Amazing, after 17 days a woman was rescued alive from beneath the rubble of the collapsed garment factory in Dhaka, Bangladesh, Friday. However, the death toll has officially risen from 15 to 1,034 -- making the accident the worst the garment industry has ever seen. The collapse, and the fire that took place at a sweater factory in Dhaka earlier this week, highlight the increasing concerns about the dangerous conditions for garment workers, an industry that brings in $20 billion for the small South Asian nation by providing clothing at a low cost to retailers worldwide.
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Officials estimate that close to 100 people were killed near Bangladesh’s capital of Dhaka Wednesday morning when an eight-story garment factory collapsed. Hundreds gathered at the site of the accident, where officials fear more remain trapped under the rubble. Health Minister A.F.M. Ruhal Haque reported that more than 600 people had been rescued, and hoped that more will be added to that number. Bangladesh has received harsh criticism for its factory conditions after two other deadly fires at garment factories in the past year -- one of which left 112 dead.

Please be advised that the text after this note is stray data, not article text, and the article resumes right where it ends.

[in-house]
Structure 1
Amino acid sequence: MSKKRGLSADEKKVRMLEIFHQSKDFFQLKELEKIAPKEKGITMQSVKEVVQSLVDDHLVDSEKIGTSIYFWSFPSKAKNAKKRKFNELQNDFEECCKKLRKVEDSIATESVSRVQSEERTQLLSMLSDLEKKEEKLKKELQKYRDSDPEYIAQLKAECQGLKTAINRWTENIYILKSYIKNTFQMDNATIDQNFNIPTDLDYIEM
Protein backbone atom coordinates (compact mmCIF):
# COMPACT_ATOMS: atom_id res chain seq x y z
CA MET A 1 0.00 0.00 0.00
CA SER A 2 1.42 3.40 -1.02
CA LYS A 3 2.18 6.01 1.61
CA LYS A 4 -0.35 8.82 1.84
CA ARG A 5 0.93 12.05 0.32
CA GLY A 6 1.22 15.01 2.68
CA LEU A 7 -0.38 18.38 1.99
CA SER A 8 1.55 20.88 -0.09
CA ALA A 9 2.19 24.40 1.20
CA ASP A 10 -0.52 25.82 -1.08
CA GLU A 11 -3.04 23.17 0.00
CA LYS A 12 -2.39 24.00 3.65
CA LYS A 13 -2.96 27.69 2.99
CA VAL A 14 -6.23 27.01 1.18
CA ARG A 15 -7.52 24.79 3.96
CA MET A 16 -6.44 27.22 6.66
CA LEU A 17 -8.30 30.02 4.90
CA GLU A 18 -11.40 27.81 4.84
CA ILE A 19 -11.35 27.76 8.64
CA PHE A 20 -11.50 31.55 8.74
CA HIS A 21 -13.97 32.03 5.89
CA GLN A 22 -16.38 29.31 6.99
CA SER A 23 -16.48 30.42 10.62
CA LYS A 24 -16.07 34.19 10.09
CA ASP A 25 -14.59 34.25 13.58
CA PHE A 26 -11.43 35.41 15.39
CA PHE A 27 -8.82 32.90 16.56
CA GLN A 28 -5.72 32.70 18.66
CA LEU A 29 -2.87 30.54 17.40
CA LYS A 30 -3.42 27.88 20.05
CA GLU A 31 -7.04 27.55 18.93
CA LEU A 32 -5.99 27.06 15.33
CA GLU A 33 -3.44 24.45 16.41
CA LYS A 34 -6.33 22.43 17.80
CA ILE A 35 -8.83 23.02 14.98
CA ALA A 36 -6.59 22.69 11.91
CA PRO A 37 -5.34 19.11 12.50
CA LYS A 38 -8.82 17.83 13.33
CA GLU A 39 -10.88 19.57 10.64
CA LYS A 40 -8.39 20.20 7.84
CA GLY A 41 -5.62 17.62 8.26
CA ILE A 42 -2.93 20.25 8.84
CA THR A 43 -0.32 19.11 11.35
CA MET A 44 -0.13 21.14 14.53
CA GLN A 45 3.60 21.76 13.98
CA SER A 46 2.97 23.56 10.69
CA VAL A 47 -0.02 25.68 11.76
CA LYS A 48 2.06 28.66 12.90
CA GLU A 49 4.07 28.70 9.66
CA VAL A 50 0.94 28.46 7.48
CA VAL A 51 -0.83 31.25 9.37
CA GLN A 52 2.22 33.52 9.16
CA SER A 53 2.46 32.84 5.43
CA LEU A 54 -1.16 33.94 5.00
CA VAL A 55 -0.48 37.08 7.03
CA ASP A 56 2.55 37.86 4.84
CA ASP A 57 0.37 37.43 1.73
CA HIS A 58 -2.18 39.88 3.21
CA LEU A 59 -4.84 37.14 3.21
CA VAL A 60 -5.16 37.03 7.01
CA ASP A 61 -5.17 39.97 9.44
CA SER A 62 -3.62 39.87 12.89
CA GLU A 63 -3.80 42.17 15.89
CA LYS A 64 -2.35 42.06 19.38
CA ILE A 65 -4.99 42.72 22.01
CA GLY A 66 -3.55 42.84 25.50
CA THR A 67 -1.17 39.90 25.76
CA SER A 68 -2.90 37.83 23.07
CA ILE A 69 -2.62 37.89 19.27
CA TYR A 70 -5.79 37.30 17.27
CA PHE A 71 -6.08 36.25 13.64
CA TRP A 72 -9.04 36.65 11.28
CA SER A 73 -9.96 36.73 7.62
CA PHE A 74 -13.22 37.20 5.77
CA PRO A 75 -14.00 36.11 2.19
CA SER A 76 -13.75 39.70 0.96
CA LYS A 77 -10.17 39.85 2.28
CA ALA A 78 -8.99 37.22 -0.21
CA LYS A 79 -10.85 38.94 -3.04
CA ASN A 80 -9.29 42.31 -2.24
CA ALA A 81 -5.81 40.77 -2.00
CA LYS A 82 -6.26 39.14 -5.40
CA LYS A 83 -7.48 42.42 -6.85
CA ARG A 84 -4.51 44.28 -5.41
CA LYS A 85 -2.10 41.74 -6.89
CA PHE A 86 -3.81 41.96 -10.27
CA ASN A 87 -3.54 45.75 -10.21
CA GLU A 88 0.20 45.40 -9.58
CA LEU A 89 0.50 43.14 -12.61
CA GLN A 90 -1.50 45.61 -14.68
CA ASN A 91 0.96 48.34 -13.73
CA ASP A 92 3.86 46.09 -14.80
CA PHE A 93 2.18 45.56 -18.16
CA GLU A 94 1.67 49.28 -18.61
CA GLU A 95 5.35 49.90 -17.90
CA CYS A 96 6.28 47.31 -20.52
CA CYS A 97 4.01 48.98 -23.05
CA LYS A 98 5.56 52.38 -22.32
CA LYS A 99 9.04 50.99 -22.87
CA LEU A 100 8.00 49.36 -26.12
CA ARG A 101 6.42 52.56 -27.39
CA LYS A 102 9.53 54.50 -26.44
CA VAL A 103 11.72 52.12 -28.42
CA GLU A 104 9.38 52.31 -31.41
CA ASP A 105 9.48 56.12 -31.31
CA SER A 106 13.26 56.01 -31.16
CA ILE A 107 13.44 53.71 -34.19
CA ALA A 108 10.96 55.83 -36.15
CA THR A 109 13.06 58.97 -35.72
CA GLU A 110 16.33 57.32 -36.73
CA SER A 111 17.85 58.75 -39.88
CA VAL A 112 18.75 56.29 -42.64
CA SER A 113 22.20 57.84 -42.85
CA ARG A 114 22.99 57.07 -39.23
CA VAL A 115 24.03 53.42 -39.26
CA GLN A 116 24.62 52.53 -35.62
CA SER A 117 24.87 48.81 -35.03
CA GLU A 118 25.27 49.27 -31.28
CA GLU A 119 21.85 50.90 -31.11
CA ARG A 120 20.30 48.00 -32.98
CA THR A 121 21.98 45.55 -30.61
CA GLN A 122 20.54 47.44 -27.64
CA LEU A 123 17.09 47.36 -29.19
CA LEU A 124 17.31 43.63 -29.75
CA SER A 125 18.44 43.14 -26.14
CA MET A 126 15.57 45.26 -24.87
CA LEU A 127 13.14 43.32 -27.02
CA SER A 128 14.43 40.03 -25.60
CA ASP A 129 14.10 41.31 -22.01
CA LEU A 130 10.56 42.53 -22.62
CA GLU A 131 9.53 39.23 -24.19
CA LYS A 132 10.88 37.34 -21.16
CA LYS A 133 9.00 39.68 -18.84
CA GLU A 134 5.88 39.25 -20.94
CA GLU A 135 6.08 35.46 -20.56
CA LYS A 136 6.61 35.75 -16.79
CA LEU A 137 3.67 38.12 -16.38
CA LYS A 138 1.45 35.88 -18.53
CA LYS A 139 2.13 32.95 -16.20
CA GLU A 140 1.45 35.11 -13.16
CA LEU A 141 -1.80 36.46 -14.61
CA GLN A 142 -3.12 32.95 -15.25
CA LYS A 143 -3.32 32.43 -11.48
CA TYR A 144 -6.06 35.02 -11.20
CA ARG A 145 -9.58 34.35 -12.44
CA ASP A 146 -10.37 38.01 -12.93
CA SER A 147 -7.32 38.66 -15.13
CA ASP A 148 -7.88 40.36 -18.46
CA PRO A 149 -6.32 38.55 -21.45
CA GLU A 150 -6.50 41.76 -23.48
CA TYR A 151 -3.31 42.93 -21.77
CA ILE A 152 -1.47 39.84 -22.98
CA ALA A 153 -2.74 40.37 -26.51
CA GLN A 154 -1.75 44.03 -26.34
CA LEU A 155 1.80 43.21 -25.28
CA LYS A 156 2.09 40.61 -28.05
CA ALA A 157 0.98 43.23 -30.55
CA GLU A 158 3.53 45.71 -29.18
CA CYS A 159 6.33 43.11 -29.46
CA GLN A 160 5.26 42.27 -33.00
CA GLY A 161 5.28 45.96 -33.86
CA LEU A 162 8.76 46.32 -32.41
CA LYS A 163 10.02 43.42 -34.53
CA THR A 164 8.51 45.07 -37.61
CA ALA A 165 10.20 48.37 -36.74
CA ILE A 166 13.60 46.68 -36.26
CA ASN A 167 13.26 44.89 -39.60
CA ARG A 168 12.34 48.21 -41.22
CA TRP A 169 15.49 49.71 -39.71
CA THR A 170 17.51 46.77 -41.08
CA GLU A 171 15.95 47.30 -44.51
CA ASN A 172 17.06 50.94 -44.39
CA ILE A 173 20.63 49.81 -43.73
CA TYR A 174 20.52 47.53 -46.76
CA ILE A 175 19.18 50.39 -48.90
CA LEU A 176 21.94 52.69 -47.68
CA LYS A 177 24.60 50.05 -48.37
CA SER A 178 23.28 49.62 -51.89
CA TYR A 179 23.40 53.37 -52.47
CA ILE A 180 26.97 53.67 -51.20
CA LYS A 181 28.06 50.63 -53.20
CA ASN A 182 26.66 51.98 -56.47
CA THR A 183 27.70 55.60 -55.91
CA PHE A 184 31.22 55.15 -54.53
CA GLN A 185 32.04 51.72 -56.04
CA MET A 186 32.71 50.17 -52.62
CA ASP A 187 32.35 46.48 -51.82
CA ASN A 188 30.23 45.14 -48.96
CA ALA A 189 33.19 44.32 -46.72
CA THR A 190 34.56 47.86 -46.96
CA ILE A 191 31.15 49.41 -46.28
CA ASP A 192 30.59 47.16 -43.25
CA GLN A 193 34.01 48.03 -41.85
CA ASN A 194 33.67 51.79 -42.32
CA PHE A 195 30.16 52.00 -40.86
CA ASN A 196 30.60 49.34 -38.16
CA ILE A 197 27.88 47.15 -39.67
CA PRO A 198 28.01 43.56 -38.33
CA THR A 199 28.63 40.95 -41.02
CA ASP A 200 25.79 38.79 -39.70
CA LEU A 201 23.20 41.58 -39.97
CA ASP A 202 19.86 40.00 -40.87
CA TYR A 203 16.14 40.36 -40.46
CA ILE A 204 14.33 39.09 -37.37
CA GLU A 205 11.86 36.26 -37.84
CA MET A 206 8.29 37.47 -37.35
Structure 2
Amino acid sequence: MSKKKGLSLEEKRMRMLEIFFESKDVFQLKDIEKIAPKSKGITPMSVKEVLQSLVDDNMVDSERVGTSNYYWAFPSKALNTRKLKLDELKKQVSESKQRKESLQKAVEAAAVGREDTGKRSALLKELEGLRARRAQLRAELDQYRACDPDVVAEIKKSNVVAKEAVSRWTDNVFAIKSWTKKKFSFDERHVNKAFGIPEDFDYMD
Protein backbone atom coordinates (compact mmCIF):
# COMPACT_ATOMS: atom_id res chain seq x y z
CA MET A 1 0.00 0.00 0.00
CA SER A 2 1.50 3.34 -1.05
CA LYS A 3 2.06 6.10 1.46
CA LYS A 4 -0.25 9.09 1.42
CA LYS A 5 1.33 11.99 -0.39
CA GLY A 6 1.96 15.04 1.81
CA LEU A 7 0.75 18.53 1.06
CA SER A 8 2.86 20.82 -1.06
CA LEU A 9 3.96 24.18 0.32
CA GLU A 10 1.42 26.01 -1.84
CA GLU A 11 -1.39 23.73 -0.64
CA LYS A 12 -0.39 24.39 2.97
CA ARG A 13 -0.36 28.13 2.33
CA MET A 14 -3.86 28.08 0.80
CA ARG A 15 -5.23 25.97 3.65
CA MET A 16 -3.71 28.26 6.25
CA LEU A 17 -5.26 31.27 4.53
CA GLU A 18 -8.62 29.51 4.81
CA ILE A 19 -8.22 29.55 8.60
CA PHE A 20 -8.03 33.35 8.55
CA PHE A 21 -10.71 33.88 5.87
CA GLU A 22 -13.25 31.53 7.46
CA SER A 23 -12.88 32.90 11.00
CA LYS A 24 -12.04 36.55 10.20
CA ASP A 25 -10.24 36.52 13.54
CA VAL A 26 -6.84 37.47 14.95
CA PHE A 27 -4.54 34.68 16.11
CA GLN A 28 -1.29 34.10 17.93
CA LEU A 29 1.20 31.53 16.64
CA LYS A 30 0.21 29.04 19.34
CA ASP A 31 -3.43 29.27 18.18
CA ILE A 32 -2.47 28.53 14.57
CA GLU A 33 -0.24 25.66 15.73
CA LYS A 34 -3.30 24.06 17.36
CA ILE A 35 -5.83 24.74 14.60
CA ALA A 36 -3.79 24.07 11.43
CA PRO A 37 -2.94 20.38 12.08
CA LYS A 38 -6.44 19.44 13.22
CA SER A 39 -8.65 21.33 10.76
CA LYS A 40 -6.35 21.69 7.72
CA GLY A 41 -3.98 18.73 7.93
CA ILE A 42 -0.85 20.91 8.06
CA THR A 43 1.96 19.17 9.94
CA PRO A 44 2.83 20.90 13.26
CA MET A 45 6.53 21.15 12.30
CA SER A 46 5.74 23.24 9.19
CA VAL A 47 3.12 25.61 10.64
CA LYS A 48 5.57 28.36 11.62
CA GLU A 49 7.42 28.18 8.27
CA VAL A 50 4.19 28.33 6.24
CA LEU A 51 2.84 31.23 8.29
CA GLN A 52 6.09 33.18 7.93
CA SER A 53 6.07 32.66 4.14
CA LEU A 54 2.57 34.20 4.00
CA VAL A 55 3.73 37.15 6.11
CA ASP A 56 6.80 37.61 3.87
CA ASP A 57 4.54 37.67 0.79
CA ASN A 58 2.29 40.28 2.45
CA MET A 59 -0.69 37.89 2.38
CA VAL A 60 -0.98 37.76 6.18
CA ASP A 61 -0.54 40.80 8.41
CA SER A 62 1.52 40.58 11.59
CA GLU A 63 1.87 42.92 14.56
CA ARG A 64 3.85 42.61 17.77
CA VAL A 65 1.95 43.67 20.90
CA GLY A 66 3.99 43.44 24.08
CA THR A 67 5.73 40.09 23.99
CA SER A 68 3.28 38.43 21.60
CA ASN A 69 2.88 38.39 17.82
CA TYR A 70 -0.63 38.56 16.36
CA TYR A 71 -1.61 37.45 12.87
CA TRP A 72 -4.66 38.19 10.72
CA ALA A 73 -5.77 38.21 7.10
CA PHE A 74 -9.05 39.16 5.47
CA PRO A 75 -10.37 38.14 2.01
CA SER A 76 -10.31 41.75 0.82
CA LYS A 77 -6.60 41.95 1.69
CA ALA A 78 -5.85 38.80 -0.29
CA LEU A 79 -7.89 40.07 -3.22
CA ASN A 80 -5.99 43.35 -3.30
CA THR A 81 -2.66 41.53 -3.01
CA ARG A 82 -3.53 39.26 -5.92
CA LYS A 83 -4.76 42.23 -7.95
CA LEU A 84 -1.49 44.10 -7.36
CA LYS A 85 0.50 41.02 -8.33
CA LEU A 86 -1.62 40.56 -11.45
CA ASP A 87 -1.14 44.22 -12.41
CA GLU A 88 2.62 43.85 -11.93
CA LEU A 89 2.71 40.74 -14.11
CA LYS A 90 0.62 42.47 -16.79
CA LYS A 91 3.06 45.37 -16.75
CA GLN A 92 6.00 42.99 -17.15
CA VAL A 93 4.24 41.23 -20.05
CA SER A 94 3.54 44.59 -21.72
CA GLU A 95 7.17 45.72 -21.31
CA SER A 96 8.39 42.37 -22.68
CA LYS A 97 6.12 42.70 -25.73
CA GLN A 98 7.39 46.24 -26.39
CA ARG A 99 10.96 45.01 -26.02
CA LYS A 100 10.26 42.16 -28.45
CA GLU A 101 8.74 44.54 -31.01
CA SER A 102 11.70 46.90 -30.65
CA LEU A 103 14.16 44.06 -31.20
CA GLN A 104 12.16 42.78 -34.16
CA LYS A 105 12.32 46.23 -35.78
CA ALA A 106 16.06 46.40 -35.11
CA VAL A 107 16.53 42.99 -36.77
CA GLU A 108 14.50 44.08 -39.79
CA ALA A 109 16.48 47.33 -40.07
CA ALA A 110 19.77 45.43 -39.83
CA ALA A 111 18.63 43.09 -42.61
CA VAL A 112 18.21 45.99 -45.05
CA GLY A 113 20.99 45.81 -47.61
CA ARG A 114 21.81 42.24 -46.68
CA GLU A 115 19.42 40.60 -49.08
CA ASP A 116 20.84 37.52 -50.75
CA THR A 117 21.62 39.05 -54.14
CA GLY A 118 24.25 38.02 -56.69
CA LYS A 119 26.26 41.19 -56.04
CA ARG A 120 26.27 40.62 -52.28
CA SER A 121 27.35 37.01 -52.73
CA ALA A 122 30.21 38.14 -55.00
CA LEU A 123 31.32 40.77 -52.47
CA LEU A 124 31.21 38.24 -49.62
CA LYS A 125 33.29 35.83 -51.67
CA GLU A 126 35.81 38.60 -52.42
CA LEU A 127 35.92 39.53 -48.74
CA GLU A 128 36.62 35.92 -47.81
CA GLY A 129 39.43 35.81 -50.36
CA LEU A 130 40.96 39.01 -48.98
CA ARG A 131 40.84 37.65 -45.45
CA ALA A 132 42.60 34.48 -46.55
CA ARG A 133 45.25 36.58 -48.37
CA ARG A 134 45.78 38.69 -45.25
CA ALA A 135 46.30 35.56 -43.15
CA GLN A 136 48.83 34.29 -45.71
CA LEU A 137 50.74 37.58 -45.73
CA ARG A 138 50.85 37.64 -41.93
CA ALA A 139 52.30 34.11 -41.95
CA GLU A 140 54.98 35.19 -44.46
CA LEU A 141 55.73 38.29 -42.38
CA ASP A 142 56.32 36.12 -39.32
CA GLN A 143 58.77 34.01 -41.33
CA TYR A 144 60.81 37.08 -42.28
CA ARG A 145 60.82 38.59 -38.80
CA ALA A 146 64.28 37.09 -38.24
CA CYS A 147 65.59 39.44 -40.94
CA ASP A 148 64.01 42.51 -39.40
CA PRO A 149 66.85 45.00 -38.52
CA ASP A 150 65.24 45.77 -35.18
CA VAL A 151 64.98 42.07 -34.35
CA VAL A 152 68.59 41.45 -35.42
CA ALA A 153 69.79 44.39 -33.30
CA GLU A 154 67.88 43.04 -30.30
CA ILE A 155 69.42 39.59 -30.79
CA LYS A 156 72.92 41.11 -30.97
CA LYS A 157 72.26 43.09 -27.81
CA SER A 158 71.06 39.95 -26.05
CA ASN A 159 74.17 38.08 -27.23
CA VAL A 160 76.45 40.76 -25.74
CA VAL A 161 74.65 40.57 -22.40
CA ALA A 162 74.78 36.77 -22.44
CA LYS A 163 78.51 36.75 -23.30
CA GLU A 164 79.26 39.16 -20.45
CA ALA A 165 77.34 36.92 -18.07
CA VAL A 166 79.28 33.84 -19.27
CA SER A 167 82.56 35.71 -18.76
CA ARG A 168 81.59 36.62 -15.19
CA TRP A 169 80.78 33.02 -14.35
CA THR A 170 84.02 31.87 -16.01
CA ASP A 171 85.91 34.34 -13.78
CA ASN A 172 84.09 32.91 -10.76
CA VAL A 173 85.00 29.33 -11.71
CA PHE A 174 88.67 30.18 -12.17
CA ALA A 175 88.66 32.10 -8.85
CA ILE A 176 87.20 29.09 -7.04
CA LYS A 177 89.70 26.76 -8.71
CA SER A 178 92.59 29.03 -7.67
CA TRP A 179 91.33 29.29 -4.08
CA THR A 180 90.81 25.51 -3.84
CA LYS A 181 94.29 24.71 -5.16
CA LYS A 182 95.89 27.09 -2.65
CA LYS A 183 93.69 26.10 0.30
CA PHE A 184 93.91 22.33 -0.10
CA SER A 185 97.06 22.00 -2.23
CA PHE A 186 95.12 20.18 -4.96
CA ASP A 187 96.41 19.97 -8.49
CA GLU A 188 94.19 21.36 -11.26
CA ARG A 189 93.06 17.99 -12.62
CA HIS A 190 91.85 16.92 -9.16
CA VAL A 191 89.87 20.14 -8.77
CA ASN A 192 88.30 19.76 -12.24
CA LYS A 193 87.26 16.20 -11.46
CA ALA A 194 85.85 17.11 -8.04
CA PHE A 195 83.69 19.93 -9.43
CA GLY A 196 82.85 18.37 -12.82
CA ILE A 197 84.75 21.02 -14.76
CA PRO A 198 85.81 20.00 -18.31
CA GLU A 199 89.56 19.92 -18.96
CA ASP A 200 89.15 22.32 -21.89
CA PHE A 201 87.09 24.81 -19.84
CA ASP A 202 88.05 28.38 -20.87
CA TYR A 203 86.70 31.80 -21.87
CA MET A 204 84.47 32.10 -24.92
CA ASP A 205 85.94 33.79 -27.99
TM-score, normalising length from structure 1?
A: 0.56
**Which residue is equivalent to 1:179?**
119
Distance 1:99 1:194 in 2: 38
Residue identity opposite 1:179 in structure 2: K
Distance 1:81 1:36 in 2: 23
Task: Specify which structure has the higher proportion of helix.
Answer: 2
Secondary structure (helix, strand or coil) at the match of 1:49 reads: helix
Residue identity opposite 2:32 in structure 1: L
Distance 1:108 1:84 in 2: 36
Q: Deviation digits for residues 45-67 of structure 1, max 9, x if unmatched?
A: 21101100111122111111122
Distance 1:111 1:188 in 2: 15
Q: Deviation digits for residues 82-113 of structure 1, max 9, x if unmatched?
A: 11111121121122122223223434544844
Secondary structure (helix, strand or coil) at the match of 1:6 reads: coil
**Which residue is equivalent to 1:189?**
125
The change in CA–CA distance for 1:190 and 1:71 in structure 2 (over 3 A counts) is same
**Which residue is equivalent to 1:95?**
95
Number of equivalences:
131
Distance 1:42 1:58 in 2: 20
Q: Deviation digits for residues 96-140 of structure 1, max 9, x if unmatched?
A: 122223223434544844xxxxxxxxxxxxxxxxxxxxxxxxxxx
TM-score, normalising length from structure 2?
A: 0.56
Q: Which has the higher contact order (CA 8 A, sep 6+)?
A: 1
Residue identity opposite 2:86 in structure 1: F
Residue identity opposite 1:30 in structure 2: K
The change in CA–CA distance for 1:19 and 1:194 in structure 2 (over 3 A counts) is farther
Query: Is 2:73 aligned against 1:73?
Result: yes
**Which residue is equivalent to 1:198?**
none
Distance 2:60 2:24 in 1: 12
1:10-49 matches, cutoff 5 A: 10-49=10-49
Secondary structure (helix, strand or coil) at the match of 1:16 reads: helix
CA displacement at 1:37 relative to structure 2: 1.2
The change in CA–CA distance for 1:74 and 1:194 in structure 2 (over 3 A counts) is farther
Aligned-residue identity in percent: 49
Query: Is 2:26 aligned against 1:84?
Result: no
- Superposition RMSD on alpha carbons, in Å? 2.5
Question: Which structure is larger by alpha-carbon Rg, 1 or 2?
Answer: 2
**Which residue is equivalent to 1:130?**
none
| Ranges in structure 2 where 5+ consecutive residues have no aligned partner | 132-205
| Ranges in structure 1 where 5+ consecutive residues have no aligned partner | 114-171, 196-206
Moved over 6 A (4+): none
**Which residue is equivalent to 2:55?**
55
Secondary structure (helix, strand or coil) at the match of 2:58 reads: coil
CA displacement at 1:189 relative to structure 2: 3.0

Five garment factories - employing mostly women - were housed in the building, including Ether Tex Ltd., whose chairman said he was unaware of any warnings not to open the workshops.
"There was some crack at the second floor, but my factory was on the fifth floor," Muhammad Anisur Rahman told Reuters. "The owner of the building told our floor manager that it is not a problem and so you can open the factory."
He initially said that his firm had been sub-contracted to supply Wal-Mart Stores Inc, the world's largest retailer, and Europe's C&A. In a subsequent interview he said he had been referring to an order in the past, not current work.
Wal-Mart did not immediately respond to requests for comment. C&A said that, based on its best information, it had no contractual relationship with any of the production units in the building that collapsed.
Buildings are reportedly sometimes erected without permission and many do not comply with construction regulations.